A recently published phase III trial reported the results about Xofigo® from the Symptomatic Prostate Cancer Patients (ALSYMPCA) study. This multi-national, randomized, double-blind study started in 2008 and by February 2011 921 patients were enrolled. The goal of the study was to compare the efficacy and safety of 223Radium vs placebo in patients with castration-resistant prostate cancer and bone metastases.
Patients were included in the study when they showed two or more bone metastases on skeletal scintigraphy, had no visceral metastases, and had been treated with docetaxel or if they were unable to receive docetaxel (Figure 1).
The patients were randomized in a ratio of 2:1 and received intravenous injections of 223Radium (at a dose of 50 kBq per kilogram of body weight) or saline injections as placebo. Patient received 6 injections in 4-wk intervals. Each patient was provided with the best standard of care including local external-beam radiation therapy or treatment with glucocorticoids, antiandrogens, ketoconazole, or estrogens. Chemotherapy, hemibody external radiotherapy, and other systemic radionuclides were not permitted.
The primary end point was overall survival, defined as the time from randomization to the date of death, regardless of cause. The main secondary end points were the time to an increase in the total ALP level, a total alkaline phosphatase response, the time to the first symptomatic skeletal event, normalization of the total alkaline phosphatase level and the time to an increase in the PSA level.
The study was designed to provide a statistical power of 90% to detect a hazard ratio of 0.76 for the risk of death in the 223Radium group vs the placebo group with a two-sided alpha significance level of 0.05. In total, 614 patients were enrolled in the 223Radium group and 307 patients in the placebo group. The patients were enrolled in 136 study centres in 19 countries. The baseline patient characteristics in both groups were largely identical.
A pre-defined interim analysis was conducted after 314 deaths had occurred to assess the effect of 223Radium on the primary end point (overall survival). On the basis of this interim analysis, which showed a survival advantage with 223Radium and an acceptable safety profile, early discontinuation of the trial and crossover from placebo to 223Radium was recommended. The authors report in this study the results of an updated descriptive analysis of the efficacy and safety data, performed when 528 deaths had occurred, before any crossover treatment with 223Radium was administered.
The median overall survival was 14.9 mo in the 223Radium group and 11.3 mo in the placebo group. The mortality risk was 30% lower in the 223Radium group than in the placebo group (P < 0.001). In total 528 patients died; 333 of the 614 patients in the 223Radium group (54%) and 195 of the 307 patients in the placebo group (64%). A secondary endpoint also confirmed the superiority of 223Radium over the best standard of care. The time to the first symptomatic skeletal event was 15.6 mo in the 223Radium group vs 9.8 mo in the placebo group (P < 0.001). The time to increases in the total ALP (P < 0.001) and PSA levels (P < 0.001) was significantly longer in the 223Radium group. Finally, a significantly larger proportion of patients in the 223Radium group showed a response of the total ALP and PSA levels (≥ 30% reduction, P < 0.001). Sixteen and 24 wk after initiation of 223Radium treatment, patients had significantly less pain compared to baseline (P < 0.001 and P = 0.001, respectively).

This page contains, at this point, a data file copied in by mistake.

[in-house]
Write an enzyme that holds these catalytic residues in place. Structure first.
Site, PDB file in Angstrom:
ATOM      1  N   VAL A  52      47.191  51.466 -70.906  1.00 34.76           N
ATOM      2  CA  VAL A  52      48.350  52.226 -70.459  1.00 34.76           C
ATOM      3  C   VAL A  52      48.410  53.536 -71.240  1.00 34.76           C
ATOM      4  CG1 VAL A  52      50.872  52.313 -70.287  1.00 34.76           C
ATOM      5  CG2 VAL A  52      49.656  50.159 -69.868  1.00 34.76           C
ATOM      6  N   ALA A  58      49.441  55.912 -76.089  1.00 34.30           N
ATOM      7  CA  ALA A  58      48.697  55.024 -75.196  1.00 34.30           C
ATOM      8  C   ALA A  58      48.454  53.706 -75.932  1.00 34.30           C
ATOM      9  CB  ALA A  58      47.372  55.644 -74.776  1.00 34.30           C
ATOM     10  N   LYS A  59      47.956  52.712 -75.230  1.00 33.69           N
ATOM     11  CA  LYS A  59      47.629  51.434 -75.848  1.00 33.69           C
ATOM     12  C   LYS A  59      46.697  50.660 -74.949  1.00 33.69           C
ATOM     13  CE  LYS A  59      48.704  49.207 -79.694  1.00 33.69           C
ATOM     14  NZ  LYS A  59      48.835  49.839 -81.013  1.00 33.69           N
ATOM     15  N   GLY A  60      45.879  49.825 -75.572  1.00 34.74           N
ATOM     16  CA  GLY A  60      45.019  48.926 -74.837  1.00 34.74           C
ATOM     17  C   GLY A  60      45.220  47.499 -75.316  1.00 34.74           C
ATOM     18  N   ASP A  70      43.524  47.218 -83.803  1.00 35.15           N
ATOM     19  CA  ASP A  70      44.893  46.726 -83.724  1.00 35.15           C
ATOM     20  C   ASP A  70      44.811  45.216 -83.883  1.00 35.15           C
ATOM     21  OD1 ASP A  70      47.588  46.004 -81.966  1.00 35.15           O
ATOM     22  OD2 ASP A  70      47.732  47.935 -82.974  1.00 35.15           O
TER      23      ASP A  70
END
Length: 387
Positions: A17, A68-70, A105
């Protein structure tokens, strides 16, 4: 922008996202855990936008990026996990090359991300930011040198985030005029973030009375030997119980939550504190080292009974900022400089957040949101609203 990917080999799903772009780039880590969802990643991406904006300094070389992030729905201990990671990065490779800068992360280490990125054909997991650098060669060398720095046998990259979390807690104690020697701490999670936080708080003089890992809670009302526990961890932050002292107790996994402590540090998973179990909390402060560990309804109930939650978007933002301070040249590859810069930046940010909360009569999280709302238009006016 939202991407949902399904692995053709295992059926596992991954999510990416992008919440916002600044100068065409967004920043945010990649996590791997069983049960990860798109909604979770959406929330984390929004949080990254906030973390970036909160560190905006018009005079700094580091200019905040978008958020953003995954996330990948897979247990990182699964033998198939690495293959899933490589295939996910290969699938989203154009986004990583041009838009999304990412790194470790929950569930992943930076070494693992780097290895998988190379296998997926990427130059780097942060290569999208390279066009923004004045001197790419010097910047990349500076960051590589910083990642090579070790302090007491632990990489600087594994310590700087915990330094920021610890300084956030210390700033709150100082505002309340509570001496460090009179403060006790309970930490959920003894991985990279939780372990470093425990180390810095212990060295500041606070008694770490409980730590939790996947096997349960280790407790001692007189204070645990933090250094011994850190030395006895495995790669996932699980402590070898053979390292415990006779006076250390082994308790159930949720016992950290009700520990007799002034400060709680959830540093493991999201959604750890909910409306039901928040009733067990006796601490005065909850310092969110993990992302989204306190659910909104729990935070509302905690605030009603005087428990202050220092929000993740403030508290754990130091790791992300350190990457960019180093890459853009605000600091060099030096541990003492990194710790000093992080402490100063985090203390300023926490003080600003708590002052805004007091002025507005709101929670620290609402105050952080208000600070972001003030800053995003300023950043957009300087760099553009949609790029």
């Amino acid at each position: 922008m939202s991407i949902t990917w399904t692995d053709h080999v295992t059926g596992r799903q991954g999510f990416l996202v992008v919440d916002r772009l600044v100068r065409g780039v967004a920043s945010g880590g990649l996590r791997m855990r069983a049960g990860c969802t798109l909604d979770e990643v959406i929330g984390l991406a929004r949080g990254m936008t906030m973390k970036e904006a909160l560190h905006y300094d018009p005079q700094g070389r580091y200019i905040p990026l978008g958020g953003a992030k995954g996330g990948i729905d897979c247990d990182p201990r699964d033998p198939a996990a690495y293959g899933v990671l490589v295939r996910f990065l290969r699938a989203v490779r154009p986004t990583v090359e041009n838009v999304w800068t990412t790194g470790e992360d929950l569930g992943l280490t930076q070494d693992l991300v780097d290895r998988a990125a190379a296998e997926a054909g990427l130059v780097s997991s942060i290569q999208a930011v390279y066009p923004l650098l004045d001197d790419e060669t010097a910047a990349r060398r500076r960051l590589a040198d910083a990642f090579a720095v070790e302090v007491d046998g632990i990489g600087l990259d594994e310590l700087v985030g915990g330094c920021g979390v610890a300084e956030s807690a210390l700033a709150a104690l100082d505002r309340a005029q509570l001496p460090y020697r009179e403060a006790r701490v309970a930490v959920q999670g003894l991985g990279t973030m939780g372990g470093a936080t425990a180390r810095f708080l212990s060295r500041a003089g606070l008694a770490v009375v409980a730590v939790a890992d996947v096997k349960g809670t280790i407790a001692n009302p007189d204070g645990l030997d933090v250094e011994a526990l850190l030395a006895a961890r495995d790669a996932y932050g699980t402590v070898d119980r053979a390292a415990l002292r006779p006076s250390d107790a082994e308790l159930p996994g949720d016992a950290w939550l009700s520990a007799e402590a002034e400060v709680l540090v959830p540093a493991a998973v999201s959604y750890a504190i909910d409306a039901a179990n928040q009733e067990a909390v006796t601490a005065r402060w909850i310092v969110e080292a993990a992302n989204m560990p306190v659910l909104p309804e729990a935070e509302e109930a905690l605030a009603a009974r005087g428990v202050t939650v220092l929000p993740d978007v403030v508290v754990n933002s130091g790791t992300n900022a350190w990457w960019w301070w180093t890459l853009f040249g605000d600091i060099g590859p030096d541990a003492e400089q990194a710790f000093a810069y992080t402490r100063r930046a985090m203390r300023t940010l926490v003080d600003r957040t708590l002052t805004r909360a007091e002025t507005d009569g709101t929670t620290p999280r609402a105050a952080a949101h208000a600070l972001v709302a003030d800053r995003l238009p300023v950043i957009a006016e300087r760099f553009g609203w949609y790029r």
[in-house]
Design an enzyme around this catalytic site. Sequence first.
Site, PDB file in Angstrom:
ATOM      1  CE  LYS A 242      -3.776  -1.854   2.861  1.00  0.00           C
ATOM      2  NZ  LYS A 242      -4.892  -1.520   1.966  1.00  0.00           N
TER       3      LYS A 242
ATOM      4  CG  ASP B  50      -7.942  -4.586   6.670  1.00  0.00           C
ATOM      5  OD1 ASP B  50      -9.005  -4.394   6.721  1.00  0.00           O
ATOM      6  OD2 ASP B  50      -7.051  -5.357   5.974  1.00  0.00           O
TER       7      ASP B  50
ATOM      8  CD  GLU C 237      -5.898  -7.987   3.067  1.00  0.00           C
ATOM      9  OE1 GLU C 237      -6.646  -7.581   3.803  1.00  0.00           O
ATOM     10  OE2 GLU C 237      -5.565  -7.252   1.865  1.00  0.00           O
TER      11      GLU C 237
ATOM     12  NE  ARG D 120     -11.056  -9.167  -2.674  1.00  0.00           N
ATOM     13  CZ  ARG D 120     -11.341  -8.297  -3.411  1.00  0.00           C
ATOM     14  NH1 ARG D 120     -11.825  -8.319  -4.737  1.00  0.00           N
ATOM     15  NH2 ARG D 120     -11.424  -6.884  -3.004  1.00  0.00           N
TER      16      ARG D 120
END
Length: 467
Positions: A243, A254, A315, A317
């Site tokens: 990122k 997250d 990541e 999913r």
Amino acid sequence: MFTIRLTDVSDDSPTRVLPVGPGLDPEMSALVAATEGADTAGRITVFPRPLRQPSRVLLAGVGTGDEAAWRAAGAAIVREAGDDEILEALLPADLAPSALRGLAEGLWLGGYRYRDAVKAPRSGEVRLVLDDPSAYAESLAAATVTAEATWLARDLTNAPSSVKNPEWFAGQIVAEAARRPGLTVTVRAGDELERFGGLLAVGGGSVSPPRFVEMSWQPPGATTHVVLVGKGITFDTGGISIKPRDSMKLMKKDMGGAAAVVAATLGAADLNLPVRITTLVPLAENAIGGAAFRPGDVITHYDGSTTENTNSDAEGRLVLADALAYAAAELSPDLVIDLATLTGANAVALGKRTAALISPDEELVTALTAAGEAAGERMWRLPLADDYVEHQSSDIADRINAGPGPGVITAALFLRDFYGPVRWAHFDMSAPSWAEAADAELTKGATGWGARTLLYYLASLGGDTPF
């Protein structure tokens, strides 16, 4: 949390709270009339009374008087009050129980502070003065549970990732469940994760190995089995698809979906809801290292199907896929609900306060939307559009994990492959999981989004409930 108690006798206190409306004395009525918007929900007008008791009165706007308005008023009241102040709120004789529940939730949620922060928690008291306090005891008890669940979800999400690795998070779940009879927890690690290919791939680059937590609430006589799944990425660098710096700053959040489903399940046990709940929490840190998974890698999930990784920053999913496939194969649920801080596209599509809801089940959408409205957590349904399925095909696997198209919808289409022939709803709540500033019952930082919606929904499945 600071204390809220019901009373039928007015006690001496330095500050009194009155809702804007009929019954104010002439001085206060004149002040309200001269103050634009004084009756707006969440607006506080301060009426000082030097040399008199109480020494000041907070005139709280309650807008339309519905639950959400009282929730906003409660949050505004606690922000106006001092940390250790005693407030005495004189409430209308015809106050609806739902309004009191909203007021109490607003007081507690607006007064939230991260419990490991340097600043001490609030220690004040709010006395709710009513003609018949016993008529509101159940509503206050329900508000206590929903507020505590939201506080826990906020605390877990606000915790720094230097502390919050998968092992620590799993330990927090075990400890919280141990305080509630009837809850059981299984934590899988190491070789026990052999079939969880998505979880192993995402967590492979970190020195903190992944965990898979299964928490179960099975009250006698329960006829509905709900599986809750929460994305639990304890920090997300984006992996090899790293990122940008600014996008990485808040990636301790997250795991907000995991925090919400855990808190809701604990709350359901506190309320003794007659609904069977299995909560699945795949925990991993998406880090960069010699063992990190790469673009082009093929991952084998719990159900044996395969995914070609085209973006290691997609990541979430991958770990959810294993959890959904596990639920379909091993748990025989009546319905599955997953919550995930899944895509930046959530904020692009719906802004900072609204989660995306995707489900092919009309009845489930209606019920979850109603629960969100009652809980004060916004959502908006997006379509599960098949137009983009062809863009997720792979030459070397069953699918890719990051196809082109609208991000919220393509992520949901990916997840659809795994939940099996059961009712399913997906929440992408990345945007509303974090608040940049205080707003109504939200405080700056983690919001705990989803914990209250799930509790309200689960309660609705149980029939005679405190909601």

No clear difference in the appearance of grade 3 and 4 adverse events (according to the Common Terminology Criteria for Adverse Events) was reported between the two groups. One patient in each group showed grade 3 febrile neutropenia. In the 223Radium group one grade 5 haematologic adverse event (thrombocytopenia) occured. Serious adverse events that occurred in > 5% of the patients in the 223Radium or the placebo group were disease progression, bone pain, anaemia, and spinal cord compression. Overall the probability for the appearance of adverse events of all grades was lower in the 223Radium group than in the placebo group. The quality of life (according to the Functional Assessment of Cancer Therapy-Prostate) improved significantly in the 223Radium group.
Because of the interim analysis of the ALSYMPCA study, 223Radium was approved by the FDA as a treatment for patients with bone metastatic castrate-resistant prostate cancer. The approval was given for patients without visceral metastases.
The suggested regimen follows that of the ALSYMPCA study and includes 50 kBq/kg at an interval of 4 wk with a maximum of 6 doses. A simultaneous administration of 223Radium and chemotherapy is not permitted outside of clinical trials because of the unclear potential of additive effects on myelosuppression.
With its approval the FDA requested additional trials to determine the efficacy and safety of 223Radium when given at doses > 50 kBq/kg. The FDA also requested to investigate the long term safety, the effects of 223Radium on healthy bone marrow and the risk of the treatment for developing secondary malignancies.
223Radium is the first therapeutic that results in a survival benefit for patients with bone metastatic, castrate resistant prostate cancer. In addition, the treatment results in pain palliation and thus, improved quality of life and a delay of skeletal related events. At the same time the toxicity profile of 223Radium was favourable. Thus 223Radium may provide a new standard of care for patients with CRPC and bone metastases.